4 The court modifies subsection (1)(b) of SCR 40.05 by substituting the word "substantially" for the word "primarily." The court also strikes the word "active" in the phrase "active practice of law." These changes will reduce the practice requirements for attorneys in other jurisdictions seeking to qualify for admission to our bar. In general, I support these changes.

5 The revised SCR 40.05(1) will now read as follows:

1. An applicant shall satisfy the legal competence requirement by presenting to the clerk certification of the board [Board of Bar Examiners] that the applicant has provided all of the following:

(a) Proof of admission to practice law by a court of last resort in any other state or territory or the District of Columbia.

(b) Proof that the applicant has been substantially engaged in the practice of law in the United States or another state or territory or the District of Columbia for 3 years within the last 5 years prior to filing application for admission. A lawyer may satisfy this requirement by proof of practice in more than a single jurisdiction and under more than one provision of this rule.

C.

6 The court repeals all reciprocity requirements in the former rule by striking out (1)(c) and (1m). Subsection (1m) is the more important provision. Former (1m)(a) provided:

(1m) Eligibility for admission under this rule shall be limited as follows:

(a) An applicant who proposes to satisfy sub. (1)(b) by practice in a jurisdiction that does not grant bar admission to attorneys licensed in Wisconsin on the basis of practice in Wisconsin shall not be eligible for admission on proof of practice elsewhere. (Emphasis added.)

7 What paragraph (a) addressed was the prohibition in some jurisdictions against admitting Wisconsin attorneys to practice except by way of a bar examination in those jurisdictions. A Wisconsin attorney could be admitted to practice herefor many yearsby qualifying for the diploma privilege (SCR 40.03), by taking a Wisconsin bar examination (SCR 40.04), or by satisfying the requirements for proof of practice elsewhere (SCR 40.05), see SCR 40.02, but these indicia of competence are deemed insufficient in 17 jurisdictions.[1] The discriminating jurisdictions are Arizona, California, Delaware, Florida, Hawaii, Louisiana, Maine, Maryland, Mississippi, Montana, Nevada, New Jersey, New Mexico, Oregon, Rhode Island, South Carolina, and Puerto Rico. The former (1m)(a) required attorney applicants from these jurisdictions to satisfy the same requirements for admission to the Wisconsin bar as these jurisdictions impose on Wisconsin attorneys. In short, it afforded equal treatment.

8 Former subsection (1m)(b) read:

(b) An applicant who proposes to satisfy sub. (1)(b) by practice in a jurisdiction that does not grant bar admission on the basis of practice to attorneys licensed in Wisconsin under SCR 40.03 shall not be eligible for admission on proof of practice elsewhere.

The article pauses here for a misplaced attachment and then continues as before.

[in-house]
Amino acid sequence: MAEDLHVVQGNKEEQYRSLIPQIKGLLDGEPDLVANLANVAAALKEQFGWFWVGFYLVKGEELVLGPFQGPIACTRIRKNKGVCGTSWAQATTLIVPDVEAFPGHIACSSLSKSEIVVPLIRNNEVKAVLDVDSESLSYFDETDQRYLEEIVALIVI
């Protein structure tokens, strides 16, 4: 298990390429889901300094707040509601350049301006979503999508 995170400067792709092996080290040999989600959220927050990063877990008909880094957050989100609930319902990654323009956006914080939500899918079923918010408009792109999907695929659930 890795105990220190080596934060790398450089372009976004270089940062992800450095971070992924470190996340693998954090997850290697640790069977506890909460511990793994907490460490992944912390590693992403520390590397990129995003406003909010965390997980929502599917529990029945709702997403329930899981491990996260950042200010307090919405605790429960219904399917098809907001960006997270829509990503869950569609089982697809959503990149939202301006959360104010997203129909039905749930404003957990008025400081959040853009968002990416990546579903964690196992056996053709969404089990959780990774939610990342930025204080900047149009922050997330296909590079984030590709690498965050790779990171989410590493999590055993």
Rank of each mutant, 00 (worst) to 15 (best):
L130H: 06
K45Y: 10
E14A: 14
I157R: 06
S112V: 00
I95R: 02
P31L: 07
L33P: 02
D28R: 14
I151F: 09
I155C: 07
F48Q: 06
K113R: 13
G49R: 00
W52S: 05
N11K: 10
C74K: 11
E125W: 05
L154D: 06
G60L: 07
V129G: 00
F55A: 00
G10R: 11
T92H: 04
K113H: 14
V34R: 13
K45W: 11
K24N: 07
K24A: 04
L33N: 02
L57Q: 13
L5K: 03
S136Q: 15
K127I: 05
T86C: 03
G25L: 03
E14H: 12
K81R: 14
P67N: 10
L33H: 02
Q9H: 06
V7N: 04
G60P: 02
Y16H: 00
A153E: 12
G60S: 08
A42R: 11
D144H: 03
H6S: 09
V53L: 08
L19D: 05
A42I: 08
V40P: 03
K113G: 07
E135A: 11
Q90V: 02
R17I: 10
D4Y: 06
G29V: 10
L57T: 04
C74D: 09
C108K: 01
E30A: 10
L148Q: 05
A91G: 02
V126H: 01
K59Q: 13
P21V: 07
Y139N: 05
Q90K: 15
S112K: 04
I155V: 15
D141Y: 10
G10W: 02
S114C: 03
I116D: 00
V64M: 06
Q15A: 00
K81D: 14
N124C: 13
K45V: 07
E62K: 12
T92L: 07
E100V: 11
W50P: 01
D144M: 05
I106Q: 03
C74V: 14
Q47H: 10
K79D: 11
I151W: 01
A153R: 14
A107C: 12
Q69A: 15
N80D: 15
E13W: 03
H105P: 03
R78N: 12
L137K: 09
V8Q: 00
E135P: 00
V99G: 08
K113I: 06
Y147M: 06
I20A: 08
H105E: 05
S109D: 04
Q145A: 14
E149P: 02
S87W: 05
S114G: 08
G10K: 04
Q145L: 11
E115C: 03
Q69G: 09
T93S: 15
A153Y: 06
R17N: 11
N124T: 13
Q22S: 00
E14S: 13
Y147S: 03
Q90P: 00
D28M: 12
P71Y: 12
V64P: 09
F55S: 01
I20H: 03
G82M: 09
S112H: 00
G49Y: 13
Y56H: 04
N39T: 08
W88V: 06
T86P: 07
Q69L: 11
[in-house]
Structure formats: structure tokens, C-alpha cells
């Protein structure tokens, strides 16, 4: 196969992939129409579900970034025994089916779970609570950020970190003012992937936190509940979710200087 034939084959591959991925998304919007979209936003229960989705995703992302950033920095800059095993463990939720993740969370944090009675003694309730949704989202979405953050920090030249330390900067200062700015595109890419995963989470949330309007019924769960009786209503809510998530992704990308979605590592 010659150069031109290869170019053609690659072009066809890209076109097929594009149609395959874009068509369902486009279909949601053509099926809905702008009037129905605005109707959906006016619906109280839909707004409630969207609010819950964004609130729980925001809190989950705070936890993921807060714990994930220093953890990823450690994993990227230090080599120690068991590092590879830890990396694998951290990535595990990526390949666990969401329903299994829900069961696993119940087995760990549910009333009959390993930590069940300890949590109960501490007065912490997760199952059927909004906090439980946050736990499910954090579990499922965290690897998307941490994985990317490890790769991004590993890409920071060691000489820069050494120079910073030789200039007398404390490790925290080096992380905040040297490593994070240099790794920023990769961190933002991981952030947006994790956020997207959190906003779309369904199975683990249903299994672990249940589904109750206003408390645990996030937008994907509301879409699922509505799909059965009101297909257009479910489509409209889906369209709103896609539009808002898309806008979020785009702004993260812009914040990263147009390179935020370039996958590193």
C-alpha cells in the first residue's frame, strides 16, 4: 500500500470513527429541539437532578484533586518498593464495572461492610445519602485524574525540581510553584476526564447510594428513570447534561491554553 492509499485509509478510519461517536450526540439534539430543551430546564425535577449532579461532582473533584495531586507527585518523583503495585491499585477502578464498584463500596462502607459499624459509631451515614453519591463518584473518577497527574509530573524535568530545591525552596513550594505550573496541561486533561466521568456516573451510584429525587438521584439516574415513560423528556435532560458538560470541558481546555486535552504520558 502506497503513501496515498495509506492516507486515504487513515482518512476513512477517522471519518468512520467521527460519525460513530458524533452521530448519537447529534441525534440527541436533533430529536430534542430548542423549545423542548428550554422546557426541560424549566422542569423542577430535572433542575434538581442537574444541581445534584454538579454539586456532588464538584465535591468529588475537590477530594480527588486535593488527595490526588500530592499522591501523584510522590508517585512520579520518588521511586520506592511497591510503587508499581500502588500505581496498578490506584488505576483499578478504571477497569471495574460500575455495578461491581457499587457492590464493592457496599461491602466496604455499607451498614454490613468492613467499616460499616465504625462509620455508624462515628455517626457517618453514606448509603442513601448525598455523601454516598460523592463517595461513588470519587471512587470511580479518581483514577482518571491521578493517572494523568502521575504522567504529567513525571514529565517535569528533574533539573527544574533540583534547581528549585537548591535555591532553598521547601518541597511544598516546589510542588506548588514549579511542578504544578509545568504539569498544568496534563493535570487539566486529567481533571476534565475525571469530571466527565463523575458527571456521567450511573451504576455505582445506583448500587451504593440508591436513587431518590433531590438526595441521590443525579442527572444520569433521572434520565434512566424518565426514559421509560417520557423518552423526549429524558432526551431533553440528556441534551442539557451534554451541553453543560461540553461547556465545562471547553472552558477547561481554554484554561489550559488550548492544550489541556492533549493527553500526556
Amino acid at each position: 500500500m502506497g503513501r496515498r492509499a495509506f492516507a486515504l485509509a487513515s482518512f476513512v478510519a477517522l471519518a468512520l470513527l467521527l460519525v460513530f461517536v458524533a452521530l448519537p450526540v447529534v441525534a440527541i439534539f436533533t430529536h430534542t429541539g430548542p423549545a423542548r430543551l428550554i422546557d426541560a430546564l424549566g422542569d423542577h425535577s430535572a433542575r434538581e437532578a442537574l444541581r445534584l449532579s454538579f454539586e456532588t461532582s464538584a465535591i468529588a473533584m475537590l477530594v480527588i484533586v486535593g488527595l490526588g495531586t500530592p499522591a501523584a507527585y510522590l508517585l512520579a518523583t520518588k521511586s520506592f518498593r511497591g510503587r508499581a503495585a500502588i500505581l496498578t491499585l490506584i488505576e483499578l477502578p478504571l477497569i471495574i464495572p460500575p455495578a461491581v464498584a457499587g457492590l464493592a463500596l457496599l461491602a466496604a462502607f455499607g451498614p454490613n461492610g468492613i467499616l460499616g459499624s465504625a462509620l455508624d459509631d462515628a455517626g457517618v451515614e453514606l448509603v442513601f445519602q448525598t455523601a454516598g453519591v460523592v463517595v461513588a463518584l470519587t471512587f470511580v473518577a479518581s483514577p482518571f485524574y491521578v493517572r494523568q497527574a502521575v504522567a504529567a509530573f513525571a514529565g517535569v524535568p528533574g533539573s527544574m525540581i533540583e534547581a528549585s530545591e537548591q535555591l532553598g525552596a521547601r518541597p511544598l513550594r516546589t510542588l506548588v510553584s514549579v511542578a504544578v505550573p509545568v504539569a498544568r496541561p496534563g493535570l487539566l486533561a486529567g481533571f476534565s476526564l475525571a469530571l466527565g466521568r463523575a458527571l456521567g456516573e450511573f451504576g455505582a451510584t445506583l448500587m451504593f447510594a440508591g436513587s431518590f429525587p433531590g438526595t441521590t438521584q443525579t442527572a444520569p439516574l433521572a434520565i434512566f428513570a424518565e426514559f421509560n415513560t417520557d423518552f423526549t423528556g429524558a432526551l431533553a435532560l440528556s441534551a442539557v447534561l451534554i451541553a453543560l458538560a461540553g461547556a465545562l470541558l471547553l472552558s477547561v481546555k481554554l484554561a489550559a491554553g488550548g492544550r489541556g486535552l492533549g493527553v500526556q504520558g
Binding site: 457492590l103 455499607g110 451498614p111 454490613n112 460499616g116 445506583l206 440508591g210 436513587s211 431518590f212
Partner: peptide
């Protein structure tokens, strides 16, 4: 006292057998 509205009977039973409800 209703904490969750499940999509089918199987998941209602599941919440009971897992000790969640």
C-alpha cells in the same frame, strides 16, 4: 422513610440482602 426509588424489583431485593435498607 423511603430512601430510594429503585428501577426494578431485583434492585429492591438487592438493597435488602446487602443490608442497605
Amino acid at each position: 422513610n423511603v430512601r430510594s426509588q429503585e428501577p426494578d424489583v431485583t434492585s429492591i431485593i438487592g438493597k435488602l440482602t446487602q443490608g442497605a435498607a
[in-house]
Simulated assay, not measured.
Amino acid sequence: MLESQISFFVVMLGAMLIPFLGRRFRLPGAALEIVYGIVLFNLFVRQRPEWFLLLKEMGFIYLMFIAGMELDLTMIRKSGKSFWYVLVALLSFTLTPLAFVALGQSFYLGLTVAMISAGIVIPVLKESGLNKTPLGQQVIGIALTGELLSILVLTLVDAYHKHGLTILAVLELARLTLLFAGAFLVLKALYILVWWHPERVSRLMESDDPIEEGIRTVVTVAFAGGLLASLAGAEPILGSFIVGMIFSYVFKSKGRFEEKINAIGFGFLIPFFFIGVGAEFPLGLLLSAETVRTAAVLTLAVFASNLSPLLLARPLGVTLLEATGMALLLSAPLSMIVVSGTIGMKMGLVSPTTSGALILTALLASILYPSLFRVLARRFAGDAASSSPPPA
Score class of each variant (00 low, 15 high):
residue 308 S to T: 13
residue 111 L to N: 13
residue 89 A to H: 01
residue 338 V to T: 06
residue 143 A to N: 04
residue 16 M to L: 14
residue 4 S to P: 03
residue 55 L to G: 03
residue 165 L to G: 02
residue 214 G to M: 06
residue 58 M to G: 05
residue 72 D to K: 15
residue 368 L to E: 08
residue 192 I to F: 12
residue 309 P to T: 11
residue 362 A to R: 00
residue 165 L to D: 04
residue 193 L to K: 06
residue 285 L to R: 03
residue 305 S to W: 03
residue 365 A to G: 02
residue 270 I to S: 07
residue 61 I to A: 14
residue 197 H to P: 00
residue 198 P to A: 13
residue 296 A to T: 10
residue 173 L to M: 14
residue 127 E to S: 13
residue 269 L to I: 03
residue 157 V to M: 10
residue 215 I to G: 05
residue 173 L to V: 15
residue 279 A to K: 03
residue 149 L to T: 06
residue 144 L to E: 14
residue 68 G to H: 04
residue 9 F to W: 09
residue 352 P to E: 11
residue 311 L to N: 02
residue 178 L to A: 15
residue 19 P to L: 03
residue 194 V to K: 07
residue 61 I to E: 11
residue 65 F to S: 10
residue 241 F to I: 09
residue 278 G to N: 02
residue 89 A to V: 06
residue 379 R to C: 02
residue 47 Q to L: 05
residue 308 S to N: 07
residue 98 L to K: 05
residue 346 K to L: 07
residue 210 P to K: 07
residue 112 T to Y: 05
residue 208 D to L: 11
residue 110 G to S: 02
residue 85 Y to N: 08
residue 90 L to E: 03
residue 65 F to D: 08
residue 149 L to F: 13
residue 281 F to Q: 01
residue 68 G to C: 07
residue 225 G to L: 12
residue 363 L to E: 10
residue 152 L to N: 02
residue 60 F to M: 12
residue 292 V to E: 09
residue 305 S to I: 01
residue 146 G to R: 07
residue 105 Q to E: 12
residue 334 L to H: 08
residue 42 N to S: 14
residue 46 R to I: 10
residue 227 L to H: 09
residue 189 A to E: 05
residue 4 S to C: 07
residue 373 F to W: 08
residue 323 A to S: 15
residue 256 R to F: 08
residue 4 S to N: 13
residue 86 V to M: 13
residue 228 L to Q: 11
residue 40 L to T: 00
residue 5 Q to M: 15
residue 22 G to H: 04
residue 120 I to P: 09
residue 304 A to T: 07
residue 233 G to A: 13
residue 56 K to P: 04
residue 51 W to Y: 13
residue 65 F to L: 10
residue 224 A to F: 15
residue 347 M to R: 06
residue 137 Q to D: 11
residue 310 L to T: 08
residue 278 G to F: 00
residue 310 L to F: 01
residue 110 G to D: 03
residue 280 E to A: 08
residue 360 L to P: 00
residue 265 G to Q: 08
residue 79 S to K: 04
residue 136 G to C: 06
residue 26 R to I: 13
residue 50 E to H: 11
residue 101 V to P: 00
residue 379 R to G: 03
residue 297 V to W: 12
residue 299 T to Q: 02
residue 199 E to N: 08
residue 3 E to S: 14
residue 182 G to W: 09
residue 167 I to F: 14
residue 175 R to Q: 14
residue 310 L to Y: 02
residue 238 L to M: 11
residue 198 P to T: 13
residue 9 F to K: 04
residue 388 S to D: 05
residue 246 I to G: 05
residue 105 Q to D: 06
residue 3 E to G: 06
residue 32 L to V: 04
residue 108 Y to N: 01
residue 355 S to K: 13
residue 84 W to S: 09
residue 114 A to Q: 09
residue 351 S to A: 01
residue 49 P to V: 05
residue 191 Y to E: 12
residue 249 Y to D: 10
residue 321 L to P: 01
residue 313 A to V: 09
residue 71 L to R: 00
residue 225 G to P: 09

9 Paragraph (b) addressed jurisdictions that admit attorneys on proof of practice elsewhereexcept attorneys from Wisconsin who were admitted under the diploma privilege. The following states have rules that discriminate against graduates of Marquette University Law School and the University of Wisconsin Law School: Alabama, Alaska, Georgia, Idaho, Kansas, New Hampshire, Ohio, Tennessee, Utah, Virginia, and Wyoming. These states will now be able to discriminate freely against Wisconsin diploma privilege attorneys with no consequences to their own attorneys and law school graduates.

10 I strongly oppose these changes. The free movement of attorneys from one jurisdiction to another might be a desirable objective if every jurisdiction played by the same rules. But they do not. This court gave no consideration to any strategy or plan to attack existing barriers to Wisconsin attorneys set up by other jurisdictions.

D.

11 The court also repeals subsection (1)(c). This subsection read as follows:

(c) If any state, territory or the District of Columbia practice in which is proposed to satisfy the requirement of sub. (b) has, as of the date of the filing of the application, requirements for bar admission in that jurisdiction on the basis of practice in Wisconsin other than those set forth in subs. (a) and (b), proof that the applicant has satisfied those requirements of that state, territory or the District of Columbia. (Emphasis added.)

12 Paragraph (c) imposed an additional requirement for admission to our bar. The best example of an additional "requirement" is the requirement that an attorney admitted on proof of practice elsewhere has practiced 5 years, instead of "3 years within the last 5 years." See SCR 40.05(1)(b). The following states admit out-of-state attorneys on motion but they require 5 years of practice: Alabama, Alaska, Arkansas, Colorado, Connecticut, the District of Columbia, Georgia, Illinois, Indiana, Iowa, Kansas, Kentucky, Massachusetts, Minnesota, Missouri, Nebraska, New Hampshire, New York, Ohio, Oklahoma, Pennsylvania, South Dakota, Tennessee, Texas, Vermont, Virginia, West Virginia, and Wyoming. Of course, nine of these states will not admit a diploma privilege graduate from Marquette or Wisconsin no matter how long the attorney has practiced unless the attorney takes and passes a bar exam.